Why Classical Music Still Thrives in Seattle
What Seattle is doing to keep classical music resonating with young adult audiences
By Jonathan Shipley January 21, 2016
A classically trained pianist, Christopher O’Riley takes the stage at Meany Hall on the University of Washington campus and begins playing some elegant Shostakovich. The young audience listens quietly. Then, O’Riley hammers out a tune by famed alternative-rock band Radiohead—and the crowd roars in approval. Just as suddenly, O’Riley returns to the graceful classical music canon. The audience is hooked.
On another night, at Benaroya Hall, Seattle Symphony music director Ludovic Morlot conducts Waking the Horizon, a piece conceived by Pearl Jam’s lead guitarist, Mike McCready. The symphony, as part of its Sonic Evolution programming, is giving Pearl Jam fans in the audience a taste of what the Seattle Symphony can do. “This is taking a first step in exposing people to classical music that isn’t ‘stuffy’ or ‘formal,’” says Maggie Stapleton, assistant program director at Seattle radio station Classical KING-FM.
Seattle’s classical music arts community is scrambling to meet the needs of today’s performing arts audience. Arts groups, from the UW World Series to the Pacific Northwest Ballet to KING-FM, are seeking young audiences for their concerts, events and performances, and are trying to provide them access to the classical music world—one that isn’t intimidating. Can these arts groups provide a taste of classical music to those unfamiliar with it? More importantly, can they inspire these audiences to come back for more? There is a “cycle of significant change” in today’s classical music climate, says Michelle Witt, executive director of Meany Hall and artistic director of the UW World Series. “We need to understand that and make the appropriate connections.”
Nationally, interest in classical music is declining, particularly among young adults. According to a National Endowment for the Arts study, the percentage of adults who attended a classical music concert dipped from 13 percent in 1982 to 8.8 percent in 2012. During those same years, the number of concert attendees between ages 25 and 35 also decreased.
And yet, Seattle’s arts groups seem to be bucking those trends. In 2014, nonprofit arts and cultural organizations and their patrons in the Puget Sound area contributed $2.4 billion in business activity to the area, reports a recent ArtsFund economic impact study. More than 314,000 people attended Seattle Symphony concerts during the 2013–14 season, according to the organization’s annual report. The symphony also reached more than 65,000 children and adults through community programming, and launched its own record label. The Seattle Youth Symphony Orchestra is the largest in the nation, and the Pacific Northwest Ballet, according to founding artistic director Kent Stowell, boasts one of the highest per capita ballet attendances in the country. Seattle’s participation in the arts is actually 70 percent higher than the rest of the nation, according to an Americans for the Arts study. “Classical music isn’t rusty and old,” says Witt. In fact, the art form is “constantly evolving,” says Stapleton. “Classical music, new music, avant-garde music is music, and it should be shared.”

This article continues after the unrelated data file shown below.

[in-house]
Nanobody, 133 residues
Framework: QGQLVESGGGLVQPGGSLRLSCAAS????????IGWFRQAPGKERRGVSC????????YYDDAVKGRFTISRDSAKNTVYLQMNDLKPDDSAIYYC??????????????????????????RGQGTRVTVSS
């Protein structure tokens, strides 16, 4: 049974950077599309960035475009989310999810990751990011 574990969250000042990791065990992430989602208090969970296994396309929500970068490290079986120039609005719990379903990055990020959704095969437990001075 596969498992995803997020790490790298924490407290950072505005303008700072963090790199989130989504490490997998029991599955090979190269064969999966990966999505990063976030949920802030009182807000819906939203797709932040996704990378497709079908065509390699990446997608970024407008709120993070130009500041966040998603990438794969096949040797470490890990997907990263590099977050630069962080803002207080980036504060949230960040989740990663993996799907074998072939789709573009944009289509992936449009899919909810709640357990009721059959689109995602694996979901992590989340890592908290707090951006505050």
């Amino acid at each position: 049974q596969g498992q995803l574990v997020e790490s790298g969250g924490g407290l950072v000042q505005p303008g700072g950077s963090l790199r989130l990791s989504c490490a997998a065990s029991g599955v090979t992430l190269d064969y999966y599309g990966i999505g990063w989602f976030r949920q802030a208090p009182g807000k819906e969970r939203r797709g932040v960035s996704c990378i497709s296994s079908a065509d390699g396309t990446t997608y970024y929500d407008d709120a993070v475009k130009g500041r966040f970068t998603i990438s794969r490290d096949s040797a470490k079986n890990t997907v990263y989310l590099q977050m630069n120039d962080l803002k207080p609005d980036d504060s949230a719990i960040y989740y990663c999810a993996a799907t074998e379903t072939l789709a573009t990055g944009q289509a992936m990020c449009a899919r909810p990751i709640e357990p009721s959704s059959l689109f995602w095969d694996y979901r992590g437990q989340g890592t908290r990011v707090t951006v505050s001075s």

The challenge is to find innovative ways to expose new, young audiences to classical music. Groupmuse, a Boston-based startup that connects young classical musicians to local audiences through house-concert parties, is doing just that. “People have been saying for 100 years that classical music is dying,” says Emma Rose Lynn, who helped bring Groupmuse to Seattle. “It isn’t.” With regular events in Seattle, New York, Boston and San Francisco, Groupmuse might offer a string quartet in someone’s living room or a brass ensemble in another’s cleared-out garage. One of Lynn’s favorite memories was when “people started hooting and hollering in the middle of a classical cello duet.” More than that, she remembers “all the times when I asked a crowd, ‘Who has never been to a classical concert before?’” Fewer than half of them, says Lynn, had ever been in the same room with a classical music instrument.
Tom baker, seattle’s cornish College of the Arts interim music department chair, says he’s noticed a decline among incoming students’ musical training in areas such as note reading, music theory and history. “Yet, I think the hunger for creative outlets for these students has never been greater,” Baker says. “They come to school with an enormous desire for new ways of thinking, performing, creating.”
It’s that lack of music exposure and training for young people that local arts groups find daunting. Arts education as a whole is constantly under siege as school, city and state budgets get increasingly tighter. If a youngster has no idea what a harpsichord is, why would that person consider attending a Baroque concert at the symphony hall years later?